Now that many of the summer crops are finished there are empty pots to fill. The big raised bed made with Air-Pot wall material grew some lovely squashes and is now planted up with over-wintering onions, I planted Senshyu, Elecric and Radar in concentric circles as soon as the bed had been cleared. These onions are most easily grown from sets, I started them in modules just to break their dormancy and make some early growth before the cold weather. The small plants were then moved into the cleared raised bed and should provide early onions next year.
The extra large pot sown with carrot seed in late summer is now providing regular pickings of baby carrots, these are really just thinning to give the remaining plants space to develop but are still very welcome. Pulled while small the skin is paper thin and eaten straight away they are unbelievably crunchy.
A pot of Mizuna Greens is now a mass of healthy leafyness which is tender enough to eat raw as salad or it can be wilted in a wok at the end of a stir fry. It has been happy outdoors but I am fairly sure this would have suffered from pest damage in the ground, slugs and flea beetle seem to massacre Oriental salads when sown directly in soil. Cold weather will nip these leaves eventually but by moving under glass they will stay appetising for much longer.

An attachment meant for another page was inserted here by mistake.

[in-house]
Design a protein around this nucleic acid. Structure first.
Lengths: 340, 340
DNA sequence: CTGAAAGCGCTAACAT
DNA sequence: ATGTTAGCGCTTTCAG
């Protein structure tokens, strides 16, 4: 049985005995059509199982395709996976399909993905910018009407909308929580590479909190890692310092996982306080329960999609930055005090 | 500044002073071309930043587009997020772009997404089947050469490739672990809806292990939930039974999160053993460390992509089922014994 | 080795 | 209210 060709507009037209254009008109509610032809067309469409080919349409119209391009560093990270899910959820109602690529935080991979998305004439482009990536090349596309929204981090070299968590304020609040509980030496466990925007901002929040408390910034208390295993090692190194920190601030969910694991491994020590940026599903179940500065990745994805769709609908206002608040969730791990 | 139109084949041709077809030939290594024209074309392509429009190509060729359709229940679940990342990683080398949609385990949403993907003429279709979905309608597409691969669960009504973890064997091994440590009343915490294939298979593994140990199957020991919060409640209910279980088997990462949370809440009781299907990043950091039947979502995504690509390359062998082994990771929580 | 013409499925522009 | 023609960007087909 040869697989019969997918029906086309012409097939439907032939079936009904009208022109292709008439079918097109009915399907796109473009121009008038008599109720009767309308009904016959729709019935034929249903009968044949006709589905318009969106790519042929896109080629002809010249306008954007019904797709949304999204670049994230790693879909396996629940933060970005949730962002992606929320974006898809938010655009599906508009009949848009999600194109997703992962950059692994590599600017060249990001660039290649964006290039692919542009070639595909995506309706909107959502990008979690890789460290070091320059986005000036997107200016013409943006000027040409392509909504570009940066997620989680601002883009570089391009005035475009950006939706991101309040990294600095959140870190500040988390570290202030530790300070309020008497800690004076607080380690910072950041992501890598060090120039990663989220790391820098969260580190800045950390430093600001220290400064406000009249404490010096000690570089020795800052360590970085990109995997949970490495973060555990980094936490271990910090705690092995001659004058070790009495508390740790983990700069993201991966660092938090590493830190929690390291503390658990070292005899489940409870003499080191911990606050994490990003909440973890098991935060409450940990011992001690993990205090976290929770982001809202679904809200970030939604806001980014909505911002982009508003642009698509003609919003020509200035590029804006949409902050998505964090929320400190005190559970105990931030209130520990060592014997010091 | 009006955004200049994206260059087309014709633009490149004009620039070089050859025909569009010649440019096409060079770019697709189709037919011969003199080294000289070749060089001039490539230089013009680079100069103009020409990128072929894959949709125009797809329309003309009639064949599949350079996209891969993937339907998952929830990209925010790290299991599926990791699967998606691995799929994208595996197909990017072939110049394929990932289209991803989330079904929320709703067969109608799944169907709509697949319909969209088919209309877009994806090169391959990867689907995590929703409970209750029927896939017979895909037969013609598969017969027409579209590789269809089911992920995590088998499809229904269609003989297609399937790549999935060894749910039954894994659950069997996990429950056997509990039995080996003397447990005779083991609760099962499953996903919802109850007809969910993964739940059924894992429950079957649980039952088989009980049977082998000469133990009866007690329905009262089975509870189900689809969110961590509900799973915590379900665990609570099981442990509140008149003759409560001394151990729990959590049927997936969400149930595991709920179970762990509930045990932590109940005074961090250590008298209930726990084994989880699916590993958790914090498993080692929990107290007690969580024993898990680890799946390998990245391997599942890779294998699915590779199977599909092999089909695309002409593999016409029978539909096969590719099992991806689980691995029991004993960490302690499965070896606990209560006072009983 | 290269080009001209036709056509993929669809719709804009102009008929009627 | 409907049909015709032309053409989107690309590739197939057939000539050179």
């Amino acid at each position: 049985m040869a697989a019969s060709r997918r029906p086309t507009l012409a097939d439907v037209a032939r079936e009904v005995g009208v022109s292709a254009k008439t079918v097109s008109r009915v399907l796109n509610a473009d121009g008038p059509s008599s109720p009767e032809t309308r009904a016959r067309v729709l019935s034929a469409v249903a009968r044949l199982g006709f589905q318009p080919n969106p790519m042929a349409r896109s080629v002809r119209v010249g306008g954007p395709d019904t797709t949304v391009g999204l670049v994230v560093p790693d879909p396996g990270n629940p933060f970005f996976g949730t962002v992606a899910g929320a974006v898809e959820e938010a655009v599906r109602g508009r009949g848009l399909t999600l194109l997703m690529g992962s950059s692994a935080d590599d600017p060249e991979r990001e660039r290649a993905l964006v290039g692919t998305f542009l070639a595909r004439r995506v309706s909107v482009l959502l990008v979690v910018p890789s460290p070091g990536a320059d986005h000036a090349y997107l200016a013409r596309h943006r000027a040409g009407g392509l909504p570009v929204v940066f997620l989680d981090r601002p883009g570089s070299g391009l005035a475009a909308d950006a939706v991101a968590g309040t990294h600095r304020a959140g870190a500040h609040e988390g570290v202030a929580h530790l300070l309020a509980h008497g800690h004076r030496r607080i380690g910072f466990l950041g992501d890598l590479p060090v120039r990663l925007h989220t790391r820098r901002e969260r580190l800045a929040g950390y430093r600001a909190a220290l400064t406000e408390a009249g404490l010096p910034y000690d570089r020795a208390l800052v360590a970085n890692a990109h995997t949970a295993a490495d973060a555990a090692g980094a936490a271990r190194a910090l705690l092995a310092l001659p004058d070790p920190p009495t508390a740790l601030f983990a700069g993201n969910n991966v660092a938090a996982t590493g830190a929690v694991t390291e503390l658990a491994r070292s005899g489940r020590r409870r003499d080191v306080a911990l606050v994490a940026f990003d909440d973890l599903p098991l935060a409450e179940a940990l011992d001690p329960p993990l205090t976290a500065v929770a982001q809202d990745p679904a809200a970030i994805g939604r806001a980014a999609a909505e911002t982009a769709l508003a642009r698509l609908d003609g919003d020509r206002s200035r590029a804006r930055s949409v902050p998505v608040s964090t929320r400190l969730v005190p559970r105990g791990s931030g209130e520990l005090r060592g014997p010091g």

Another plant which is looking good as we near the end of the year is Fatsia japonica with its glossy evergreen hand-like leaves. Now that it is in flower it is easy to see similarities with its close relative ivy. Both flower in Autumn and the fatsia is quite a handsome pot plant through the winter when most of the garden is leafless.
Capsicum pubescens are a species of chilli from high altitudes of South America which tolerate cold better than types such as the Caribbean Scotch Bonnet. These Alberto”s Locoto plants from Bolivia still have lush dark green leaves and their large glossy egg shaped fruit are continuing to turn bright red.